How Google Makes Money

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Contributor, Benzinga
March 1, 2022

“Let’s Google it.”

When your company’s name becomes a verb in American conversations, you’ve got a winner on your hands. But unlike Uber, Google is both a verb and a profitable company. Despite its late entry into the industry, Google has taken down all its former peers and has become synonymous with search. Now known as Alphabet Inc. (NASDAQ: GOOGL), the company has more than 150,000 employees and was one of the first publicly traded companies to reach $1 trillion in market cap.

How does Google make money? Ads, ads and more ads. The majority of Google’s revenue comes from selling ads on its massively popular search engine and web tools, but it also earns revenue from cloud computing services and its Other Bets segment.

How Google Makes Money

Google is an advertising machine, producing ad sales from a number of different sources, including YouTube, which remains one of the company’s best acquisitions. But the company also provides valuable business services through its Google Workplace platform and invests heavily into future technology like AI.

  • Google Services

Google Services is the company’s bread and butter. Under the Services umbrella, Google operates its dominant Search unit as well as Google Maps and Google Play store. Google also brings in advertising revenue through YouTube, which has turned into one of the company’s most successful ventures. The Services segment also includes the Chrome web browser and the Hardware space, which makes Pixel smartphones, Google Nest home devices and FitBit wearables. Overall, this segment produced $69.4 billion in revenue in Q4 last year with $43.3 billion coming from Search alone. Services had an operating income of $26 billion.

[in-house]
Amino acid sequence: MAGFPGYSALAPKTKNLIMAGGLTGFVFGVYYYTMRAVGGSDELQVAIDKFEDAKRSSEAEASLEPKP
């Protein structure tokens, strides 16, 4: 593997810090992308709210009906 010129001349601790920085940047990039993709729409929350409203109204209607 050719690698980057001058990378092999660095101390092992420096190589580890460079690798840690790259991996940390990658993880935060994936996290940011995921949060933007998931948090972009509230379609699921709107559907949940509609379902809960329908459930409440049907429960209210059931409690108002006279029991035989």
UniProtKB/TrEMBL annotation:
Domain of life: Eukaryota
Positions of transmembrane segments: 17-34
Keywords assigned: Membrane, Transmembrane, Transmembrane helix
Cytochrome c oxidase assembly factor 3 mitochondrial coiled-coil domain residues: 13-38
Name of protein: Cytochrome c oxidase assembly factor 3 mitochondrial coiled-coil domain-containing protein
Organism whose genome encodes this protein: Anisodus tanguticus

• Google Cloud

Google Cloud features many of the indispensable web services and apps that people use every day. The Google Workspace suite contains Gmail, Docs, Sheets, Drive and Calendar, a platform that many businesses would be lost without. Cloud also offers infrastructure and web services to corporate clients. The segment produced $5.5 billion in revenue in Q4 last year but still took an operating loss of over $800 million.

  • Other Bets

The Other Bets segment is a capital-intensive area where Google researches and develops new technologies. Health technology, AI research and development services are some of the areas this unit focuses on, but these projects require lots of upfront capital and don’t always produce winners. Other Bets is appropriately named — it’s basically Google’s own private equity wing. But since Other Bets involves research in new and unique projects, its cash burn rate is high. Other Bets posted an annual operating loss of $5.3 billion on $753 million in revenue. 

Google Stock Price

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Vol / Avg.24.936M / 29.018MMkt Cap1.753T
Day Range139.490 - 142.08052 Wk Range88.575 - 153.780

Google is one of the handful of stocks in the S&P 500 with two classes of tradable shares, which is why you’ll see both GOOG and GOOGL as ticker symbols. GOOGL is the symbol for the Class A shares, and GOOG is the symbol for the Class C shares. Only Class A shares have voting rights within the company, but that’s inconsequential for most retail investors. Note that Google will soon be performing a 20 for 1 split on its stock that will affect both Class A and Class C shares. The date of record for the stock split is July 1, 2022.

Where to Invest in Google

Google is one of the only trillion dollar companies on the planet, and its stock can be bought and sold at any brokerage firm you choose. However, Google’s stock has a fairly high price. A retail investor with only $10,000 in capital will have difficulty building a diverse portfolio when a single share can take up 20% of the account. If you want to invest in Google but have limited capital, consider a broker that allows purchase of partial or fractional shares. A partial share lets you place a specific dollar amount into a company and allows less capitalized investors an opportunity to diversify their holdings.